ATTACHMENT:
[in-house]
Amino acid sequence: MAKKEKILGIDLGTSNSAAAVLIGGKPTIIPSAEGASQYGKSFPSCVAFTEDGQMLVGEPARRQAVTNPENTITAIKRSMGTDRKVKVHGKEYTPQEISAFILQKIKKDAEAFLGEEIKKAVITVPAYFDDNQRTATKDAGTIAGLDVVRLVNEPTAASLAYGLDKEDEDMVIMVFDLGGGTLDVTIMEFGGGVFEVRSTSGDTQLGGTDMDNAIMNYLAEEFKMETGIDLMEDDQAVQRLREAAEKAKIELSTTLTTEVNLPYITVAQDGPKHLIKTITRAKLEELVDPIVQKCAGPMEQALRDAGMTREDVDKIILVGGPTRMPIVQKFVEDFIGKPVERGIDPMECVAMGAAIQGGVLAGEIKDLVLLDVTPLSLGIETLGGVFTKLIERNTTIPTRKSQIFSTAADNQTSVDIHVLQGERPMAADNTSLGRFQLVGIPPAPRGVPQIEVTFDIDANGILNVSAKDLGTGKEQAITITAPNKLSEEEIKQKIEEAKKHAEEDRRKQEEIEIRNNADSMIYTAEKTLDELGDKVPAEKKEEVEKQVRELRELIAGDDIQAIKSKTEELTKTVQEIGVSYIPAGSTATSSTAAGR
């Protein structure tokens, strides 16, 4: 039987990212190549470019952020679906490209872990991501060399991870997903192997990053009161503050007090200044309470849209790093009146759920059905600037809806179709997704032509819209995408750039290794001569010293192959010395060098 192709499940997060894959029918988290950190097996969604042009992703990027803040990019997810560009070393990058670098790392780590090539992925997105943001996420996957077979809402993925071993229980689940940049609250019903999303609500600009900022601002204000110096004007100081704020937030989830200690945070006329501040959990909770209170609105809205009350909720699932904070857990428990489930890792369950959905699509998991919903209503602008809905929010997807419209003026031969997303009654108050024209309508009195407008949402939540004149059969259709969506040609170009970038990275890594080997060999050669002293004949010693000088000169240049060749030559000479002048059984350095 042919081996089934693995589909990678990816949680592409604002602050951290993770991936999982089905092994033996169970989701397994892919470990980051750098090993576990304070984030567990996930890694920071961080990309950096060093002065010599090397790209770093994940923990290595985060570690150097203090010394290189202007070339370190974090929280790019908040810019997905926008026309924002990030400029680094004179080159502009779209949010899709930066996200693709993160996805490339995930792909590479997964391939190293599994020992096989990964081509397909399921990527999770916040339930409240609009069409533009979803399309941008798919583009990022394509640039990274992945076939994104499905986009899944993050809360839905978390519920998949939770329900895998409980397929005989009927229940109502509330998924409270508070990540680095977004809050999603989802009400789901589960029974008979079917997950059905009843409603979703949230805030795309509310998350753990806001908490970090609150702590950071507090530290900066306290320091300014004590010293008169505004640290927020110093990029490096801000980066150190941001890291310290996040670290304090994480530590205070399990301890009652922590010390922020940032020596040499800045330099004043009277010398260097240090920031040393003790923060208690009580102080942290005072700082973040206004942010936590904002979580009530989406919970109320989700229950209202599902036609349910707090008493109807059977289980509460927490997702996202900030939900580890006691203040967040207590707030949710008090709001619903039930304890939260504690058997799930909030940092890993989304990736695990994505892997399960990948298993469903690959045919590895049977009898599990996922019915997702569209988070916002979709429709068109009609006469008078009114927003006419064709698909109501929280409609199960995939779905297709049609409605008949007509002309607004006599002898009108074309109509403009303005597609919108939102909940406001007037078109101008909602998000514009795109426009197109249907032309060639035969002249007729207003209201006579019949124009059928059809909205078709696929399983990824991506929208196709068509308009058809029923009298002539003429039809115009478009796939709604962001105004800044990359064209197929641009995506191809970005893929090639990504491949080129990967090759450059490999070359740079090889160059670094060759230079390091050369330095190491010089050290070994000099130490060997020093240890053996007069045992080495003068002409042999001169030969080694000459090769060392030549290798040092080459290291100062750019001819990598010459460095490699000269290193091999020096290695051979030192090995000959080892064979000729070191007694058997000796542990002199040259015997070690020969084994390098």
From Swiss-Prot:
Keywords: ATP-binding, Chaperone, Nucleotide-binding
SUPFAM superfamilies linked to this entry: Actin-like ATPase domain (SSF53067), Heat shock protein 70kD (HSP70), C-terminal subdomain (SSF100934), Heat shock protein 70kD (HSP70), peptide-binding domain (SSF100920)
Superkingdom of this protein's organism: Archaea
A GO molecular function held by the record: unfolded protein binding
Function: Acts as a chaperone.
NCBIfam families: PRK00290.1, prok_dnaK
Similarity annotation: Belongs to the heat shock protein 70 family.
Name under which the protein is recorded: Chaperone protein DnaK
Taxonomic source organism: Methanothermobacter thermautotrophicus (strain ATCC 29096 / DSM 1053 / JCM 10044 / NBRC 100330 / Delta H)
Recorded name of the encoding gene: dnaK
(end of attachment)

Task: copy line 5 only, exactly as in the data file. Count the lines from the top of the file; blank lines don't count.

Keywords: ATP-binding, Chaperone, Nucleotide-binding